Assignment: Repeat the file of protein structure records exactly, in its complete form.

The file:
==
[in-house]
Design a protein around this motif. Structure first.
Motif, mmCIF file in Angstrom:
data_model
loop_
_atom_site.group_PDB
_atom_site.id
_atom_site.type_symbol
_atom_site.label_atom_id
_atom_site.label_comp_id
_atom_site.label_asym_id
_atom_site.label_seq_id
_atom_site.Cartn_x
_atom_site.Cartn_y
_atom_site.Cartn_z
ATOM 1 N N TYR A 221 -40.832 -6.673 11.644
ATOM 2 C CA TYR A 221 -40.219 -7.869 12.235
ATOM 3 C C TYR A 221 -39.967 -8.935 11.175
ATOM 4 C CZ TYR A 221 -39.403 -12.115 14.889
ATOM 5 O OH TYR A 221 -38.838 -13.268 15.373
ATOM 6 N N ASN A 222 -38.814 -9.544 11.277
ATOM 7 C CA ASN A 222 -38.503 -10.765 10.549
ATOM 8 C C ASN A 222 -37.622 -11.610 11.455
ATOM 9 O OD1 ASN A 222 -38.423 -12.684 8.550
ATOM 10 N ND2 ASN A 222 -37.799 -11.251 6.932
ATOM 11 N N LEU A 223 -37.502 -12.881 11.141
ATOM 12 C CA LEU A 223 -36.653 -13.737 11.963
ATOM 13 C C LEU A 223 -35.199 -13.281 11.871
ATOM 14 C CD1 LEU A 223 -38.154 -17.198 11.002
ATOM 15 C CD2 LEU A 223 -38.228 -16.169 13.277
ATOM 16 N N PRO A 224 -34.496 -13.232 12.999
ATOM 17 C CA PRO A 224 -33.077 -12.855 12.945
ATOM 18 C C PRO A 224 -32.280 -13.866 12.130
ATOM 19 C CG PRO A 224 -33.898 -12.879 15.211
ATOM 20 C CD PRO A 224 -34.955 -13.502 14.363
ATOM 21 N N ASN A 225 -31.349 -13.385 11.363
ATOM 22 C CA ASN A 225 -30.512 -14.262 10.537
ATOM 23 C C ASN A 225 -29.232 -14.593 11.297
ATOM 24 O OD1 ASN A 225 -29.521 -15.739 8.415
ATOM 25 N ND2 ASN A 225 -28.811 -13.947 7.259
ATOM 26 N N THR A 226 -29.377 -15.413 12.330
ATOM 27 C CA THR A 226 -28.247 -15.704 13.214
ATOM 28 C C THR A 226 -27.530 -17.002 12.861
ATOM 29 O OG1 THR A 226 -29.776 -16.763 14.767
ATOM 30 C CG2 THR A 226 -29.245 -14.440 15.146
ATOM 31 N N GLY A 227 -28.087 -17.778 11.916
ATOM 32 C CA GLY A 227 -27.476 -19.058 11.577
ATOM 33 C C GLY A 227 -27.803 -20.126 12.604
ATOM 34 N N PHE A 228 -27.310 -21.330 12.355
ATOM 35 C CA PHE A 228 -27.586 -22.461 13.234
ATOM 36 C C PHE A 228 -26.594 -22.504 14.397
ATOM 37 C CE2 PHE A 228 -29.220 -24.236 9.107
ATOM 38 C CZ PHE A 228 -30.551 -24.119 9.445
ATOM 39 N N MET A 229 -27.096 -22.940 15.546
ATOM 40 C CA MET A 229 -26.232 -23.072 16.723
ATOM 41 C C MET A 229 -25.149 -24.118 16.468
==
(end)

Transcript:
[in-house]
Design a protein around this motif. Structure first.
Motif, mmCIF file in Angstrom:
data_model
loop_
_atom_site.group_PDB
_atom_site.id
_atom_site.type_symbol
_atom_site.label_atom_id
_atom_site.label_comp_id
_atom_site.label_asym_id
_atom_site.label_seq_id
_atom_site.Cartn_x
_atom_site.Cartn_y
_atom_site.Cartn_z
ATOM 1 N N TYR A 221 -40.832 -6.673 11.644
ATOM 2 C CA TYR A 221 -40.219 -7.869 12.235
ATOM 3 C C TYR A 221 -39.967 -8.935 11.175
ATOM 4 C CZ TYR A 221 -39.403 -12.115 14.889
ATOM 5 O OH TYR A 221 -38.838 -13.268 15.373
ATOM 6 N N ASN A 222 -38.814 -9.544 11.277
ATOM 7 C CA ASN A 222 -38.503 -10.765 10.549
ATOM 8 C C ASN A 222 -37.622 -11.610 11.455
ATOM 9 O OD1 ASN A 222 -38.423 -12.684 8.550
ATOM 10 N ND2 ASN A 222 -37.799 -11.251 6.932
ATOM 11 N N LEU A 223 -37.502 -12.881 11.141
ATOM 12 C CA LEU A 223 -36.653 -13.737 11.963
ATOM 13 C C LEU A 223 -35.199 -13.281 11.871
ATOM 14 C CD1 LEU A 223 -38.154 -17.198 11.002
ATOM 15 C CD2 LEU A 223 -38.228 -16.169 13.277
ATOM 16 N N PRO A 224 -34.496 -13.232 12.999
ATOM 17 C CA PRO A 224 -33.077 -12.855 12.945
ATOM 18 C C PRO A 224 -32.280 -13.866 12.130
ATOM 19 C CG PRO A 224 -33.898 -12.879 15.211
ATOM 20 C CD PRO A 224 -34.955 -13.502 14.363
ATOM 21 N N ASN A 225 -31.349 -13.385 11.363
ATOM 22 C CA ASN A 225 -30.512 -14.262 10.537
ATOM 23 C C ASN A 225 -29.232 -14.593 11.297
ATOM 24 O OD1 ASN A 225 -29.521 -15.739 8.415
ATOM 25 N ND2 ASN A 225 -28.811 -13.947 7.259
ATOM 26 N N THR A 226 -29.377 -15.413 12.330
ATOM 27 C CA THR A 226 -28.247 -15.704 13.214
ATOM 28 C C THR A 226 -27.530 -17.002 12.861
ATOM 29 O OG1 THR A 226 -29.776 -16.763 14.767
ATOM 30 C CG2 THR A 226 -29.245 -14.440 15.146
ATOM 31 N N GLY A 227 -28.087 -17.778 11.916
ATOM 32 C CA GLY A 227 -27.476 -19.058 11.577
ATOM 33 C C GLY A 227 -27.803 -20.126 12.604
ATOM 34 N N PHE A 228 -27.310 -21.330 12.355
ATOM 35 C CA PHE A 228 -27.586 -22.461 13.234
ATOM 36 C C PHE A 228 -26.594 -22.504 14.397
ATOM 37 C CE2 PHE A 228 -29.220 -24.236 9.107
ATOM 38 C CZ PHE A 228 -30.551 -24.119 9.445
ATOM 39 N N MET A 229 -27.096 -22.940 15.546
ATOM 40 C CA MET A 229 -26.232 -23.072 16.723
ATOM 41 C C MET A 229 -25.149 -24.118 16.468